Cislak looks forward to her 11th cycle on the IBSC Action Research team, which she describes as the most enriching professional development experience for teachers interested in improving their practice. She feels grateful for the ever-growing network of global colleagues due to her involvement with IBSC.
As head of upper school at King Edward’s School (United Kingdom), Polly Higgins looks after the needs of boys in upper school striving to prepare them for life’s rich journey after school. She also serves as a drama teacher, teaching across the school and assisting in productions over the year.
Seven years ago, she joined the IBSC Action Research family researching a project that explored how using digital, oral, or video reflection might help boys’ confidence in drama class. Investigating the topic Adaptability in the 21st Century proved an invigorating process both for the boys and her. She marvels at how much it has changed her teaching life! Her school has expanded the project across year 8 and is in the process of implementing it into year 9.
Higgins is delighted with this year’s project topic and looks forward to learning more from this team of researchers. She considers it a privilege to collaborate with teachers from all over the world. The IBSC Action Research Program has made a massive impact on her professional development and she keeps in constant contact with her cohorts and mentors—they have become great friends. Higgins looks forward to collaborating with the new team on the journey ahead.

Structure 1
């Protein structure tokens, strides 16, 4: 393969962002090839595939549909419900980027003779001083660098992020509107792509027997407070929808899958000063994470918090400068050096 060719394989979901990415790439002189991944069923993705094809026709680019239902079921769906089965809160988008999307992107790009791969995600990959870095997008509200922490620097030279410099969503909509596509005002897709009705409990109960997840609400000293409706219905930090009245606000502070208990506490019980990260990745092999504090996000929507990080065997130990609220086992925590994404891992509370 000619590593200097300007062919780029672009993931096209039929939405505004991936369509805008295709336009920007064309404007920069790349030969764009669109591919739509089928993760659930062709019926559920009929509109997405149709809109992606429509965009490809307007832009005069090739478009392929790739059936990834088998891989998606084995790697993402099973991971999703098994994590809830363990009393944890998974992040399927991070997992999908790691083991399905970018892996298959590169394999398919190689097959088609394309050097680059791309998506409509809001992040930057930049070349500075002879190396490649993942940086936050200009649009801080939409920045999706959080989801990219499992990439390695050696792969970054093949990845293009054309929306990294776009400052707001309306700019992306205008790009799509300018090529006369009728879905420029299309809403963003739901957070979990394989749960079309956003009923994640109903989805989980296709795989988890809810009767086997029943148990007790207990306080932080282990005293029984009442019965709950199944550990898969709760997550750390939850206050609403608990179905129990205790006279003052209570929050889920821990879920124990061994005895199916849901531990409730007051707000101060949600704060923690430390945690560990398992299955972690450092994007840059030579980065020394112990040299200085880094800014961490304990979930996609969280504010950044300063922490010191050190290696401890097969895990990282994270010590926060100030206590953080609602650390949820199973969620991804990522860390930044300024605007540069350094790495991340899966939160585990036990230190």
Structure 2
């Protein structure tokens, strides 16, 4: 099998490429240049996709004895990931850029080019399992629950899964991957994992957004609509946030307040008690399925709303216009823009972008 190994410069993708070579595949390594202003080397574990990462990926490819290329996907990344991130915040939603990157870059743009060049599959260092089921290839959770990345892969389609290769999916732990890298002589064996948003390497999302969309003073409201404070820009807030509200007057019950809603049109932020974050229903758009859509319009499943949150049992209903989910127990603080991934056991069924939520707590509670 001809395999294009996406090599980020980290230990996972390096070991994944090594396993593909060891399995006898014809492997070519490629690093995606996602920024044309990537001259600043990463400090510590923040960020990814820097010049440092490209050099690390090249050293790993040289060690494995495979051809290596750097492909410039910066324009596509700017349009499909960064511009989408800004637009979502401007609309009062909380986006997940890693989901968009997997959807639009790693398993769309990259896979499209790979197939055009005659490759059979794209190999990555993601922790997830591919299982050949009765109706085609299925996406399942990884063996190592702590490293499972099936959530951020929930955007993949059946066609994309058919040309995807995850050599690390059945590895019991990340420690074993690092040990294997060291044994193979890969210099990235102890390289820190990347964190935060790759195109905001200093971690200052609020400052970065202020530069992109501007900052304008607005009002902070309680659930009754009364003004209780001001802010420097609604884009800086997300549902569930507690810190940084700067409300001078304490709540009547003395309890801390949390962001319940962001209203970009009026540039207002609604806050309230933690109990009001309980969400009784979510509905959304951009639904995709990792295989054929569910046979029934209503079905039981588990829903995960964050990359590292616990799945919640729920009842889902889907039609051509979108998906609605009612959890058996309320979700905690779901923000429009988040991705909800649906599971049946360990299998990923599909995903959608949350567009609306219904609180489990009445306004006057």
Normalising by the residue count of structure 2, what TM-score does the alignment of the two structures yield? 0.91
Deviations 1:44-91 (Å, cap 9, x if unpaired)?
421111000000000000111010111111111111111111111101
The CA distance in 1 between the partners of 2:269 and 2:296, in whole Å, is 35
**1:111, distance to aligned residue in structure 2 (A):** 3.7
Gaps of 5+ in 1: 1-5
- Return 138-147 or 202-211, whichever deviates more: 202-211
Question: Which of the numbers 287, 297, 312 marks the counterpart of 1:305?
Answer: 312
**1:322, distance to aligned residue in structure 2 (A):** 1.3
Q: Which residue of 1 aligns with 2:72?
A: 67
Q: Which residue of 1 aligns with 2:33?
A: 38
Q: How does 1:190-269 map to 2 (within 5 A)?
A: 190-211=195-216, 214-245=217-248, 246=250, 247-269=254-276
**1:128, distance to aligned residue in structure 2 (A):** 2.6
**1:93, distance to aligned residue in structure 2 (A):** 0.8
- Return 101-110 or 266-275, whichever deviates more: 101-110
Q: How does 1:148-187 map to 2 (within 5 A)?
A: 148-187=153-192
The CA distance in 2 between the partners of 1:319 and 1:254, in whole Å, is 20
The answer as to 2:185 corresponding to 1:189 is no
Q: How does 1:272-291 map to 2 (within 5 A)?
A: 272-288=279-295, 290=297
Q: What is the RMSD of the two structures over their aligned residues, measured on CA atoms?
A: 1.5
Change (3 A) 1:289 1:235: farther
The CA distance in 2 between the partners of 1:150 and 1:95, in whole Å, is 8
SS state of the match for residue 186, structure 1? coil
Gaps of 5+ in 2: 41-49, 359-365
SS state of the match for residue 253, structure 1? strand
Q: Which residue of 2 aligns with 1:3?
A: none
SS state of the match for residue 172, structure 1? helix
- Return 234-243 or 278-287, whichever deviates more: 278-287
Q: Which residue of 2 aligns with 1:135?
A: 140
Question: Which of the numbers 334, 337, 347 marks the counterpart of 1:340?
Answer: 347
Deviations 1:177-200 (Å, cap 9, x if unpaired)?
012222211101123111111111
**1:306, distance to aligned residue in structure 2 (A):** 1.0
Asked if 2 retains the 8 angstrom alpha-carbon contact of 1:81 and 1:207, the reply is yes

Currently assistant head of school and director of enrollment at The Browning School (United States), Janetta Lien previously served as a member of the science faculty at Browning, teaching lower school and middle school science classes and an upper school science elective in geology and environmental studies. She first had the pleasure of participating in action research during the 2015-16 school year on the theme of global citizenship. Being a part of an action research team afforded Lien the time and space to plan, execute, and reflect on her teaching practice while seeking to develop transformative experiences for the boys on an important topic. She was also delighted to meet and work alongside a group of like-minded, caring educators from all over the world. Lien will step down as a team advisor at the conclusion of the current action research cycle (on cultivating healthy masculinity in boys' schools). She is grateful for having had the privilege and pleasure to work with five cohorts of talented teacher-researchers across IBSC member schools.
Luke Rawle serves as head of teacher development at Toowoomba Grammar School (Australia). In striving for best practice in teaching boys, his strategic role aims to cultivate a culture of improvement through pedagogical innovation and professional learning. He also serves as a history teacher and is actively involved in the school’s co-curricular and pastoral programs.
Rawle first got involved with IBSC when he presented the workshop Discovering the Power of Expectations at the 2017 IBSC Annual Conference in Baltimore, Maryland, United States. He continued his association by participating in the IBSC Action Research Program as part of the 2019-20 cohort investigating the theme Developing Agency: Boy Voice and Choice. Rawle’s research transposed the traditional classroom dynamic in his Year 11 Modern History class, placing boys in the center of the learning experience through their role as tutors to younger students. His report found that peer-tutoring had a positive effect on increasing the boys’ self-efficacy in the skills of historical source analysis. Rawle believes the action research cycle has transformed his own practice, providing the catalyst for greater self-reflection on his pedagogy.
He feels truly excited to join the IBSC Action Research team, which provides him the opportunity to further develop personal and professional connections with those who are passionate about boys’ education throughout the world.